Alan Greenblatt is a GOVERNING correspondent.E-mail: firstname.lastname@example.org
A case can be made that state-level politics will offer Republicans rare glimmers of good news on election night. When you think about the few governor's races that were considered at all competitive this year, the GOP still has high hopes.
Indiana Gov. Mitch Daniels, once considered vulnerable, looks to me like a certain winner. So does Vermont's Jim Douglas -- his Democratic opponent is now polling third, as Josh pointed out. Money is still coming in nicely for Dino Rossi out in Washington State, who finished just behind Gov. Christine Gregoire in the recent all-party primary balloting. And Charlotte Mayor Pat McCrory is running ahead of both McCain and Elizabeth Dole in North Carolina; as that state tightens up, he has a very good shot at winning after 16 years of Democratic control.
For Democrats, their one real chance at a pickup remains Missouri.
Having said all that, the presidential race is clearly going to have an impact on down-ballot voting, particularly in less visible state legislative contests. And here you have to say that Democrats have all the advantages. Obama may not win the electoral landslide that polls have him on track for, but his voter registration efforts and his get out the vote operations are clearly going to help fellow party members.
We're just starting to see media portrayals of what the Obama ground game looks like as it shifts from registration to turnout.
Nate Silver at FiveThirtyEight.com today describes how people who show up at Obama events are not just exhorted to contact four or 40 of their friends, but are given practical guidance about how to do so and what to say:
When local field organizer Christian Lund took the stage just prior to Joe Biden's appearance on Tuesday night in Marietta, he asked those in the attendant crowd of about 4,000 to look at the sheets in their hands. Each sheet held four names, and each name had a phone number and a bar code for later data scanning. Lund asked the people in the crowd to make four phone calls to this targeted group, and then he demonstrated.
Zack Exley's piece at HuffingtonPost about the "new organizers" has gotten considerable around the political blogosphere:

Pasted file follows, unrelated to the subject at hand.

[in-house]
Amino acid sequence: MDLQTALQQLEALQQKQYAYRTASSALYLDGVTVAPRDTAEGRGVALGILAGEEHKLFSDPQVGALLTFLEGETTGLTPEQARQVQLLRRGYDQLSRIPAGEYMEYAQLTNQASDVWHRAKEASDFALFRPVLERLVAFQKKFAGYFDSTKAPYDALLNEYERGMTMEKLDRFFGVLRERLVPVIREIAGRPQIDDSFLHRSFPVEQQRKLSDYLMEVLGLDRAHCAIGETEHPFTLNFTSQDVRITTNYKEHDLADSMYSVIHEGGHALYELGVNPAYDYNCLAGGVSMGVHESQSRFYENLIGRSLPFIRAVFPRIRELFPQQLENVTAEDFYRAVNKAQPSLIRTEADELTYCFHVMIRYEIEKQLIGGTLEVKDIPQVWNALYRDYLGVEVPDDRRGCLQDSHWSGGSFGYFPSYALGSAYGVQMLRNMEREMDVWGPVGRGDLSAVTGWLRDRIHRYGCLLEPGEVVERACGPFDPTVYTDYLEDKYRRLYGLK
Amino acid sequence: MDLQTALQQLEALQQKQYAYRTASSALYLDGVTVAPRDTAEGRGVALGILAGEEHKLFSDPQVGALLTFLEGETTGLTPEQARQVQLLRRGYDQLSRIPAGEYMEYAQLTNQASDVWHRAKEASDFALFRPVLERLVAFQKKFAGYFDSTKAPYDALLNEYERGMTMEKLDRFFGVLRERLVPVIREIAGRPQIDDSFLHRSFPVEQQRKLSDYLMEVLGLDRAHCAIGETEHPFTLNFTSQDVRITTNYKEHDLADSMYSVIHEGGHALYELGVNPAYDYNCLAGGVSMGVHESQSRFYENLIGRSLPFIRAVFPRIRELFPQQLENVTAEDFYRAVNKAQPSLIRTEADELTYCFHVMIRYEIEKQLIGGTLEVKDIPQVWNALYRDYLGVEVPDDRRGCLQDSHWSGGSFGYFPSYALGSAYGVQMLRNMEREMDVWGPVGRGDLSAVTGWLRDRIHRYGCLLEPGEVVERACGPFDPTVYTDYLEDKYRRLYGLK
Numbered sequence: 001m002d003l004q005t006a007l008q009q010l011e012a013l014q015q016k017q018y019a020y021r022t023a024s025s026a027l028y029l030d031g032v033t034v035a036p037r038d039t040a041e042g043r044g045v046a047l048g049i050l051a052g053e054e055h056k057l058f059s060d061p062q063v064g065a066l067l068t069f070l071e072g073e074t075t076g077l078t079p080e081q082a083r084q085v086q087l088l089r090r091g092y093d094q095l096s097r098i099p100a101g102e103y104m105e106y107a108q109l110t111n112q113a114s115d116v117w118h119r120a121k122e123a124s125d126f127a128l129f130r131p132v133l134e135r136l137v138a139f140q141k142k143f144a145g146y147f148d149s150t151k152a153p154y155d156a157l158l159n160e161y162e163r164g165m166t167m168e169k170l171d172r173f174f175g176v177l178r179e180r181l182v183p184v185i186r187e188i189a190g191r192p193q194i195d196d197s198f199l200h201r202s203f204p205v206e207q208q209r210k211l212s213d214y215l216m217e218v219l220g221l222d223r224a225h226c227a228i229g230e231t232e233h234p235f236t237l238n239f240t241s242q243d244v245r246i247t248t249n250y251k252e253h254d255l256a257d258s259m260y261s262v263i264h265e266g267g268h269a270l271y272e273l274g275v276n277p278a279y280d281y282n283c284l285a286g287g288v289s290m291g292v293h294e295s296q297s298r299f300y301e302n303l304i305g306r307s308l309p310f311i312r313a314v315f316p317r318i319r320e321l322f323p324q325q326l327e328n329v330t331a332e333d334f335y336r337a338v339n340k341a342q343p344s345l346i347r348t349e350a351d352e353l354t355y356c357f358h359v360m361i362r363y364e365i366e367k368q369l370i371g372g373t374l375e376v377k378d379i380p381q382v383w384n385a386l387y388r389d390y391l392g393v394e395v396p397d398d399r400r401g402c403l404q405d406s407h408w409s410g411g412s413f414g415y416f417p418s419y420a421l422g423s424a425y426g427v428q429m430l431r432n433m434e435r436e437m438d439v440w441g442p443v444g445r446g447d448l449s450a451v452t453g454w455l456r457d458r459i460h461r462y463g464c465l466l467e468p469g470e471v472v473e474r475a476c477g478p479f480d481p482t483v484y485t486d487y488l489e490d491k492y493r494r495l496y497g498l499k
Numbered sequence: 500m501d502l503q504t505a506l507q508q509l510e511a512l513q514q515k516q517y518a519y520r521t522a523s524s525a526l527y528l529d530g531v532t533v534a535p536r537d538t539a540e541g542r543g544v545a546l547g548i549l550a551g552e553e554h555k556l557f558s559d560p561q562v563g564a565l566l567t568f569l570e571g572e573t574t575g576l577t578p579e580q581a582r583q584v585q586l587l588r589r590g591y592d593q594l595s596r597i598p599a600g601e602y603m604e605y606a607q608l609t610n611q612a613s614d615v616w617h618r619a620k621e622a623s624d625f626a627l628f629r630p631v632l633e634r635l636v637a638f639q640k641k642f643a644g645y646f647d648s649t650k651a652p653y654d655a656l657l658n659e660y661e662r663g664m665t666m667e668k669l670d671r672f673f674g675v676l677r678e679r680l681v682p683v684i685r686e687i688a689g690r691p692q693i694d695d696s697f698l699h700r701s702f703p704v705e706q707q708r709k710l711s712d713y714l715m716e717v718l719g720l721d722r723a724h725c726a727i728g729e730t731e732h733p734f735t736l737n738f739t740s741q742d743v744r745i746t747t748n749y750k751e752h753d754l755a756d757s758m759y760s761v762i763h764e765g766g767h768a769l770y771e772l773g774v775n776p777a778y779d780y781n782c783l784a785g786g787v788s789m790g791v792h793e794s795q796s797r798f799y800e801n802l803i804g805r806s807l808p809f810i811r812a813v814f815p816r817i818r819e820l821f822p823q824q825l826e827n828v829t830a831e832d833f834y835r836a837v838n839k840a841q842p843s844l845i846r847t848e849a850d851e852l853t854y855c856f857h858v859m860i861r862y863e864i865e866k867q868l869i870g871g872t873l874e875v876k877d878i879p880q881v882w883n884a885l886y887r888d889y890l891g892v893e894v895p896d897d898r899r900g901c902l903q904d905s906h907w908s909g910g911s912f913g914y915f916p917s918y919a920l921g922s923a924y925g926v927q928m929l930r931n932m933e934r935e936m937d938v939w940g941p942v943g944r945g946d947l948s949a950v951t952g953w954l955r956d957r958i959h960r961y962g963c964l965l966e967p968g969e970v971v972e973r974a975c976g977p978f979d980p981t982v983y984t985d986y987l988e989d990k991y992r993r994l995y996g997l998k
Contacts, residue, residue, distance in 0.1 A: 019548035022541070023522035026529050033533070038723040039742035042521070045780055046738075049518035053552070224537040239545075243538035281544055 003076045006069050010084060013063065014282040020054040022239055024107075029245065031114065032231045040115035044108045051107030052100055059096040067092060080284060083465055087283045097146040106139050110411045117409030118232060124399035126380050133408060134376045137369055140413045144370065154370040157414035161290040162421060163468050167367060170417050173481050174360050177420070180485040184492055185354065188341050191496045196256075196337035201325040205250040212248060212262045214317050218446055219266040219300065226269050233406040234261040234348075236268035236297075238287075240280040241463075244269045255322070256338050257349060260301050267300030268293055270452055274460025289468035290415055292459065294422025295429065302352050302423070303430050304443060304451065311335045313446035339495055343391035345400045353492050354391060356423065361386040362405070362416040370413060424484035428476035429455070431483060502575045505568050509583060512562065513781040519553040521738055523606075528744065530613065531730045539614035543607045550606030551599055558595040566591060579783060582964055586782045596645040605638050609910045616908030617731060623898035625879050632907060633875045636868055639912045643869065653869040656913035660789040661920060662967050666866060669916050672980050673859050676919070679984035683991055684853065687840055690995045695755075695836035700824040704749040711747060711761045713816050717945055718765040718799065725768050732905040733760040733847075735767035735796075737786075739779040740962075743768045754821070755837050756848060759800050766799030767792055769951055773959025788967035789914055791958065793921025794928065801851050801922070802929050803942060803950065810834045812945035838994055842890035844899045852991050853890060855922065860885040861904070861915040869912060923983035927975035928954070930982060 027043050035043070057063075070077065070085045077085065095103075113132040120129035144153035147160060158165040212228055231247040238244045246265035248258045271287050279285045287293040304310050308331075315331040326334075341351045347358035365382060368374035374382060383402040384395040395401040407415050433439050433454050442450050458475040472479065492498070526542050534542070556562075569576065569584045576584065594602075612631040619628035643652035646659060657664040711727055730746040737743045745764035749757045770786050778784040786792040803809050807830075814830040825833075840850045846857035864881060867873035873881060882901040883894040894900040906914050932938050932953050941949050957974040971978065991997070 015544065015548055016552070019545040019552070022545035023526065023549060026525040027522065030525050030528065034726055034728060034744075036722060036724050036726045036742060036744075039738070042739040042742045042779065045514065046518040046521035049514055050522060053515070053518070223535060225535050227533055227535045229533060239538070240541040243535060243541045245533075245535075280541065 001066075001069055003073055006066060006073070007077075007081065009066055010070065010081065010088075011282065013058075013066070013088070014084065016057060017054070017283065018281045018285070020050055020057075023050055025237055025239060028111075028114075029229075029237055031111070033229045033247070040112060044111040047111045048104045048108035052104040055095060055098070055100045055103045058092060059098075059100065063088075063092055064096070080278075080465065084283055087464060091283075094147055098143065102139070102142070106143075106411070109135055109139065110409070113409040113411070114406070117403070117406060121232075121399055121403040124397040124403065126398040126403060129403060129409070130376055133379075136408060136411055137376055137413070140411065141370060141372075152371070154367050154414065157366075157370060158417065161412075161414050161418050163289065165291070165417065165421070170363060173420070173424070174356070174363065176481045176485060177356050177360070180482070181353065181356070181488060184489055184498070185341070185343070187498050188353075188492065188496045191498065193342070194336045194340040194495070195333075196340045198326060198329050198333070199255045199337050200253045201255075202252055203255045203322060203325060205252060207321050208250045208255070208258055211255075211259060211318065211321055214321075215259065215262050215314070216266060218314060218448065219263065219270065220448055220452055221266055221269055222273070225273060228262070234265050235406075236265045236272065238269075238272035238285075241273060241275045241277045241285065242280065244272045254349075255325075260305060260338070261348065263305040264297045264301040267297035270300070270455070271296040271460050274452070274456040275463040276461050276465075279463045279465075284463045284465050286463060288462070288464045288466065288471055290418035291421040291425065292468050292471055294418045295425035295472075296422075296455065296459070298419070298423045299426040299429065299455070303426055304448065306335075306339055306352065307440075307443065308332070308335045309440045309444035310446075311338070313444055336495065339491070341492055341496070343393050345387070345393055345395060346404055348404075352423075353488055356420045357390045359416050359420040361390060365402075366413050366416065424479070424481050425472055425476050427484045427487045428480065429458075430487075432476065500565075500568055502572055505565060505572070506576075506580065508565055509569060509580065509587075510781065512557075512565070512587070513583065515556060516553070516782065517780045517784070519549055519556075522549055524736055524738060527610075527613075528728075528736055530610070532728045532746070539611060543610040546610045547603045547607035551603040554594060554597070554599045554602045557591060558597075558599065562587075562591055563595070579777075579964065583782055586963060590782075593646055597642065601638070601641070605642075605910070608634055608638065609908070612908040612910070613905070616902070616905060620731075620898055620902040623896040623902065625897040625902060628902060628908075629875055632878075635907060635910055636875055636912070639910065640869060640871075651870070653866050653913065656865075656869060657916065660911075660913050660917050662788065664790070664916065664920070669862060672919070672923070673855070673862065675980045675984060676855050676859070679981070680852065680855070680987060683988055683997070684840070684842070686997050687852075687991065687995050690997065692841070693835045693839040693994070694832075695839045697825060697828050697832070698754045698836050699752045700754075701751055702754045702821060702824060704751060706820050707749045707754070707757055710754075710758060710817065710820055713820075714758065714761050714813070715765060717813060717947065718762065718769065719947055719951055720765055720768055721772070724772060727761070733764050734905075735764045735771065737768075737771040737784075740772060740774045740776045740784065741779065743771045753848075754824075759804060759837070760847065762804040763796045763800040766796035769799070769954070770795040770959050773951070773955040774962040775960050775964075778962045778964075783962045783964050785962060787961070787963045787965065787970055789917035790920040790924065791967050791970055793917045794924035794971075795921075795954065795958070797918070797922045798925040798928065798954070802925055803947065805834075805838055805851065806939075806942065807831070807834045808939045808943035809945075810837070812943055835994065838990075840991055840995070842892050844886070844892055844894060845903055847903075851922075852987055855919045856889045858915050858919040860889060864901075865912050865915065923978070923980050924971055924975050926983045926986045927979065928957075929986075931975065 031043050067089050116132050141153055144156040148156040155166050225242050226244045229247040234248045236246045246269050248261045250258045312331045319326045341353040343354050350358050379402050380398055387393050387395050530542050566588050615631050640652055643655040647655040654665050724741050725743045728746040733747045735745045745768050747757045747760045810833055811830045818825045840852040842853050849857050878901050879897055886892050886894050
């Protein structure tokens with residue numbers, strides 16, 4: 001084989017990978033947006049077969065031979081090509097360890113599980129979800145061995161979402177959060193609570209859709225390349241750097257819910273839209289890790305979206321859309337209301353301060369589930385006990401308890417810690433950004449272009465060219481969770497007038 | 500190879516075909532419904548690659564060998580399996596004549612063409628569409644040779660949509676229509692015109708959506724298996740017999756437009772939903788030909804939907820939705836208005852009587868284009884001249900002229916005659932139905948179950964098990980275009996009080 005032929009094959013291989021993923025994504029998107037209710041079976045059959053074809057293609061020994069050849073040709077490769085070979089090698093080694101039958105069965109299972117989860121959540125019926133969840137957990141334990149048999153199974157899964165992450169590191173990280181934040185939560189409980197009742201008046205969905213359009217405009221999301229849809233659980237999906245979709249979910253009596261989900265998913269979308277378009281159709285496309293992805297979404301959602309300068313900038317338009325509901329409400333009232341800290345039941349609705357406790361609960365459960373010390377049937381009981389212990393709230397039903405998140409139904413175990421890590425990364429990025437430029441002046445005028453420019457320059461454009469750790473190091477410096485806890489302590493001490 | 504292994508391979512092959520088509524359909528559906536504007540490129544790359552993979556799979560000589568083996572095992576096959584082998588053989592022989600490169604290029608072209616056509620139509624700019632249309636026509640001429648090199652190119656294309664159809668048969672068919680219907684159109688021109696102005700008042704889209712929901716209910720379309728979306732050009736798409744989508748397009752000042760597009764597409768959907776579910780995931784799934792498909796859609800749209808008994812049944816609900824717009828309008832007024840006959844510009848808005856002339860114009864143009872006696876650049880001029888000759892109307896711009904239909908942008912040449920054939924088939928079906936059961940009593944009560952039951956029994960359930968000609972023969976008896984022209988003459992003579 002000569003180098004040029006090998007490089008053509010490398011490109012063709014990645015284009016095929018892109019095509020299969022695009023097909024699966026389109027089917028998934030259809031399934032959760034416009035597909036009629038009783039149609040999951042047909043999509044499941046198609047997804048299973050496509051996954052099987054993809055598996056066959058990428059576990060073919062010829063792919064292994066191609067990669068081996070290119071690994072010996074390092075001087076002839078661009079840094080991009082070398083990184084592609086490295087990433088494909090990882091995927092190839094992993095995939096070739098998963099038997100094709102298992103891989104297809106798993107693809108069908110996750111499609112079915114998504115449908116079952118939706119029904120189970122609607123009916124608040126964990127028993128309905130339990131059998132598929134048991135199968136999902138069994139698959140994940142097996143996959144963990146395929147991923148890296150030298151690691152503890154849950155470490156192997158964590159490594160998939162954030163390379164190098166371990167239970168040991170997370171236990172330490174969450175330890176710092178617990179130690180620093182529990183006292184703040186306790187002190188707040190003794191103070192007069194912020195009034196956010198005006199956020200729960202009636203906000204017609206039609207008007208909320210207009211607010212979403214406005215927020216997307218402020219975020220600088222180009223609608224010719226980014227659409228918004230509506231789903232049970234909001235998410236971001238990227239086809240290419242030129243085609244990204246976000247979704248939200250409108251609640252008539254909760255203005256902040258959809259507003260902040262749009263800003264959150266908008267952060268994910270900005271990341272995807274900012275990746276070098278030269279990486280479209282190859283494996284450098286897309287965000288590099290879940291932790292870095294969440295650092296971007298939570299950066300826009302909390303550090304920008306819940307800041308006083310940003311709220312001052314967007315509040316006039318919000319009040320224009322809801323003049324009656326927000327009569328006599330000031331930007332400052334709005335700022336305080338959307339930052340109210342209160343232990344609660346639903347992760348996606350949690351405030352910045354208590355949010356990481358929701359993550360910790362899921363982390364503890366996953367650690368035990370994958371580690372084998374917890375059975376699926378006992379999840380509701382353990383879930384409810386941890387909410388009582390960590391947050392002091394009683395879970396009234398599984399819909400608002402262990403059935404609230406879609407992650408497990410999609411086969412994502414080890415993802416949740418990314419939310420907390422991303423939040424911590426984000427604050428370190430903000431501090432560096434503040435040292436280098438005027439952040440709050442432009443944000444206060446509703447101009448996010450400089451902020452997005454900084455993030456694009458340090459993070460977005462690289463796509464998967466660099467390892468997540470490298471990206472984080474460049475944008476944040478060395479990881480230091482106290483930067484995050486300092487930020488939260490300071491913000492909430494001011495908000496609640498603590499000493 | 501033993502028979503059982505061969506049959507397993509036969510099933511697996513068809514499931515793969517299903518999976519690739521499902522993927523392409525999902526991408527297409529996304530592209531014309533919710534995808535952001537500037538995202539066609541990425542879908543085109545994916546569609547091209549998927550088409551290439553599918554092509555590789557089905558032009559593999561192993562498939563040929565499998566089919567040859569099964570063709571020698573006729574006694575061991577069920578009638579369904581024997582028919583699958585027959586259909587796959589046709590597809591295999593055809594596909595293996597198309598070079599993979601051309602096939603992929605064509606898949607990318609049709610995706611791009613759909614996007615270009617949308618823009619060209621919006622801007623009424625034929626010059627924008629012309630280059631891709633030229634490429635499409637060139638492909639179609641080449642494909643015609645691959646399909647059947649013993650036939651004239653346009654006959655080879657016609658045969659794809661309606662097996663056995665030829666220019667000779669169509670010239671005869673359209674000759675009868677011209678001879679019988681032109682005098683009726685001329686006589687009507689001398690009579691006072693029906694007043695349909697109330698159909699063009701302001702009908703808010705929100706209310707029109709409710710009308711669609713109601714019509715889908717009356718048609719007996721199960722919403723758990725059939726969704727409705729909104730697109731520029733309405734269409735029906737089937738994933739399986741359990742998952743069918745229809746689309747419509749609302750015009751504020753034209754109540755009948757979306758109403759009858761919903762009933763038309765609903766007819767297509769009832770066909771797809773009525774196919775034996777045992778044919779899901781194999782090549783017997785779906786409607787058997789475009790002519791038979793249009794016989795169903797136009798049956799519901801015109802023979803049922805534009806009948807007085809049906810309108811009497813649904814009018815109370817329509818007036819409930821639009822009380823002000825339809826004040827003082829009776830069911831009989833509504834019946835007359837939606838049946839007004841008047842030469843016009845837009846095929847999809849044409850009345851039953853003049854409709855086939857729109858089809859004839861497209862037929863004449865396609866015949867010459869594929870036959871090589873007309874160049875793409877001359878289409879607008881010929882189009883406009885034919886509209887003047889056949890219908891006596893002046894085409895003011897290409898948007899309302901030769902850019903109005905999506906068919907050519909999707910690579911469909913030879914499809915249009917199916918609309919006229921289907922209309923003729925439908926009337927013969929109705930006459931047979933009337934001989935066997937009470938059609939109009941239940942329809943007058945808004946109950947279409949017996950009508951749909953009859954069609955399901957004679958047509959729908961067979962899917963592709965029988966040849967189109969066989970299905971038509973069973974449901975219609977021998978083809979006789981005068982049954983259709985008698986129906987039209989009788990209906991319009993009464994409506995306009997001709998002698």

In 2004, it was unusual for volunteers to have persistent roles and responsibilities--both at the Kerry campaign and the independent field operation Americans Coming Together. That is the norm for electoral organizing campaigns, and perhaps organizing in general these days. In contrast, the Obama neighborhood team members are organizers themselves, sometimes working more or less as staff alongside the young FOs.
But the most striking thing I've read along these lines was at The Debatable Land:
I spent a little bit of time at the Obama state HQ in Columbus yesterday. It was jaw dropping. They had taken over an old mega-church. The first floor was a warren of staffers running around all very young and all very busy. The basement was probably the size of a supermarket, lined with table after table. Each table was staffed by four youngsters, all responsible for a different city, county, task etc. It looked like the command center for a massive army. No windows, no natural light, but filled with kids who probably had no idea it was 8am all hovering over computers, maps, data sheets. There were 600 staffers there, all dedicated to Ohio, at 8am. I'm amazed.
By contrast, McCain pulled out of Michigan what seems like a long time ago now, the Republican National Committee has pulled out of Wisconsin and Maine and the GOP House and Senate campaign committees are dropping ads in races in Louisiana, Nevada, Kansas, Florida and Texas.
GOVERNING Politics is the place for news and analysis on campaigns and elections. If there's a ballot measure in California, a legislative election in Alabama, a mayoral election in Anchorage or a governor's race in Rhode Island, GOVERNING Politics probably is writing about it. We love everything about state and local politics, from polls and campaign ads to policy debates and demographic trends.